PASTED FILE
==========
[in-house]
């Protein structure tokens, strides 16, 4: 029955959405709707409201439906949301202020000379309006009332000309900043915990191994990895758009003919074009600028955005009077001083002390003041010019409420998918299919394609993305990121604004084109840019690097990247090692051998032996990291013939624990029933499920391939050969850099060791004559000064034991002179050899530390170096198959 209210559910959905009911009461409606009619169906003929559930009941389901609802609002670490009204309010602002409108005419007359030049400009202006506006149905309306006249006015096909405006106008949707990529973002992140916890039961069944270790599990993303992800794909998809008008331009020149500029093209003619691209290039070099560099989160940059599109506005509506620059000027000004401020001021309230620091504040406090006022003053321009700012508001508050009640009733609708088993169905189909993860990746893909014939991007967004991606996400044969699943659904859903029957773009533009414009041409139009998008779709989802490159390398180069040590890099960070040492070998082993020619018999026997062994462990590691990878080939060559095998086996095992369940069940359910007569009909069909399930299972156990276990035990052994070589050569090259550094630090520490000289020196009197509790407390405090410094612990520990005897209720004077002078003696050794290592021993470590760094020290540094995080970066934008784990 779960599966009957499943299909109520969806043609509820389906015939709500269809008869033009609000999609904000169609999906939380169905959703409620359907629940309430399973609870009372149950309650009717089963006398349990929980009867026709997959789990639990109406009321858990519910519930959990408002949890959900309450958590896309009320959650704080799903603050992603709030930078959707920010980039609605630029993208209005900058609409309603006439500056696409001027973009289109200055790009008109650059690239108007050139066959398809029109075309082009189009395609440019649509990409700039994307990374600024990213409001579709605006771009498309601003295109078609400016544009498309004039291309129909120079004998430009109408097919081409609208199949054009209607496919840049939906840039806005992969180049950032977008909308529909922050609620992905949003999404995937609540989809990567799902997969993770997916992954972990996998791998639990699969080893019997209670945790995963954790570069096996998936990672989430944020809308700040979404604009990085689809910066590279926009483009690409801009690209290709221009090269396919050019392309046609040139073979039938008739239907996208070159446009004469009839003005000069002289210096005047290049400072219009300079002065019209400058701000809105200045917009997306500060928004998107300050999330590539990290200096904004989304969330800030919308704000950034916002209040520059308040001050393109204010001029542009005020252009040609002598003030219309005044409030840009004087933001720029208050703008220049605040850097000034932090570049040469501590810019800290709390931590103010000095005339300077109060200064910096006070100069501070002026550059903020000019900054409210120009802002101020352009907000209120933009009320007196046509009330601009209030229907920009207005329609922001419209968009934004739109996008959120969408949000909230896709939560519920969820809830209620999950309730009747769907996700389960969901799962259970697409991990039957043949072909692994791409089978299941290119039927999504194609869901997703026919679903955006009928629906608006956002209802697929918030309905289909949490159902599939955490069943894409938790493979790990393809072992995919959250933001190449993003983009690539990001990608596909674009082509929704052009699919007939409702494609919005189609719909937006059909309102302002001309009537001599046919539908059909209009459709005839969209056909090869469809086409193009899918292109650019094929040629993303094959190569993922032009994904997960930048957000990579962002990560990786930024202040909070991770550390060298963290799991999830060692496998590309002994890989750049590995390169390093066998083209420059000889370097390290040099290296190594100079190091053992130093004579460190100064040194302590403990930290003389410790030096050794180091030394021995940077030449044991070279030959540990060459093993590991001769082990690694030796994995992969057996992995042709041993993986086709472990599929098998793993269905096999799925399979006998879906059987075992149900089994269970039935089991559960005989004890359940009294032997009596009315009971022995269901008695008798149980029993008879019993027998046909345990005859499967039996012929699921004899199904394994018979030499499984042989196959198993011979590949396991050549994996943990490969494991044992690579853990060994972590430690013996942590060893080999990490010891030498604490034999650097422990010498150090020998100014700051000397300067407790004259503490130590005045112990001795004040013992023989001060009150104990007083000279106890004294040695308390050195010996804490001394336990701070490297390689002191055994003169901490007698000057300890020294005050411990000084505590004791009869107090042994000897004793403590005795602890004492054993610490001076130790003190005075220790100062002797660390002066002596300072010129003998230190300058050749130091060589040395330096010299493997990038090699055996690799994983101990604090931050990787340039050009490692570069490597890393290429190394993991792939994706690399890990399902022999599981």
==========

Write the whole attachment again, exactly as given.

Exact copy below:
[in-house]
């Protein structure tokens, strides 16, 4: 029955959405709707409201439906949301202020000379309006009332000309900043915990191994990895758009003919074009600028955005009077001083002390003041010019409420998918299919394609993305990121604004084109840019690097990247090692051998032996990291013939624990029933499920391939050969850099060791004559000064034991002179050899530390170096198959 209210559910959905009911009461409606009619169906003929559930009941389901609802609002670490009204309010602002409108005419007359030049400009202006506006149905309306006249006015096909405006106008949707990529973002992140916890039961069944270790599990993303992800794909998809008008331009020149500029093209003619691209290039070099560099989160940059599109506005509506620059000027000004401020001021309230620091504040406090006022003053321009700012508001508050009640009733609708088993169905189909993860990746893909014939991007967004991606996400044969699943659904859903029957773009533009414009041409139009998008779709989802490159390398180069040590890099960070040492070998082993020619018999026997062994462990590691990878080939060559095998086996095992369940069940359910007569009909069909399930299972156990276990035990052994070589050569090259550094630090520490000289020196009197509790407390405090410094612990520990005897209720004077002078003696050794290592021993470590760094020290540094995080970066934008784990 779960599966009957499943299909109520969806043609509820389906015939709500269809008869033009609000999609904000169609999906939380169905959703409620359907629940309430399973609870009372149950309650009717089963006398349990929980009867026709997959789990639990109406009321858990519910519930959990408002949890959900309450958590896309009320959650704080799903603050992603709030930078959707920010980039609605630029993208209005900058609409309603006439500056696409001027973009289109200055790009008109650059690239108007050139066959398809029109075309082009189009395609440019649509990409700039994307990374600024990213409001579709605006771009498309601003295109078609400016544009498309004039291309129909120079004998430009109408097919081409609208199949054009209607496919840049939906840039806005992969180049950032977008909308529909922050609620992905949003999404995937609540989809990567799902997969993770997916992954972990996998791998639990699969080893019997209670945790995963954790570069096996998936990672989430944020809308700040979404604009990085689809910066590279926009483009690409801009690209290709221009090269396919050019392309046609040139073979039938008739239907996208070159446009004469009839003005000069002289210096005047290049400072219009300079002065019209400058701000809105200045917009997306500060928004998107300050999330590539990290200096904004989304969330800030919308704000950034916002209040520059308040001050393109204010001029542009005020252009040609002598003030219309005044409030840009004087933001720029208050703008220049605040850097000034932090570049040469501590810019800290709390931590103010000095005339300077109060200064910096006070100069501070002026550059903020000019900054409210120009802002101020352009907000209120933009009320007196046509009330601009209030229907920009207005329609922001419209968009934004739109996008959120969408949000909230896709939560519920969820809830209620999950309730009747769907996700389960969901799962259970697409991990039957043949072909692994791409089978299941290119039927999504194609869901997703026919679903955006009928629906608006956002209802697929918030309905289909949490159902599939955490069943894409938790493979790990393809072992995919959250933001190449993003983009690539990001990608596909674009082509929704052009699919007939409702494609919005189609719909937006059909309102302002001309009537001599046919539908059909209009459709005839969209056909090869469809086409193009899918292109650019094929040629993303094959190569993922032009994904997960930048957000990579962002990560990786930024202040909070991770550390060298963290799991999830060692496998590309002994890989750049590995390169390093066998083209420059000889370097390290040099290296190594100079190091053992130093004579460190100064040194302590403990930290003389410790030096050794180091030394021995940077030449044991070279030959540990060459093993590991001769082990690694030796994995992969057996992995042709041993993986086709472990599929098998793993269905096999799925399979006998879906059987075992149900089994269970039935089991559960005989004890359940009294032997009596009315009971022995269901008695008798149980029993008879019993027998046909345990005859499967039996012929699921004899199904394994018979030499499984042989196959198993011979590949396991050549994996943990490969494991044992690579853990060994972590430690013996942590060893080999990490010891030498604490034999650097422990010498150090020998100014700051000397300067407790004259503490130590005045112990001795004040013992023989001060009150104990007083000279106890004294040695308390050195010996804490001394336990701070490297390689002191055994003169901490007698000057300890020294005050411990000084505590004791009869107090042994000897004793403590005795602890004492054993610490001076130790003190005075220790100062002797660390002066002596300072010129003998230190300058050749130091060589040395330096010299493997990038090699055996690799994983101990604090931050990787340039050009490692570069490597890393290429190394993991792939994706690399890990399902022999599981």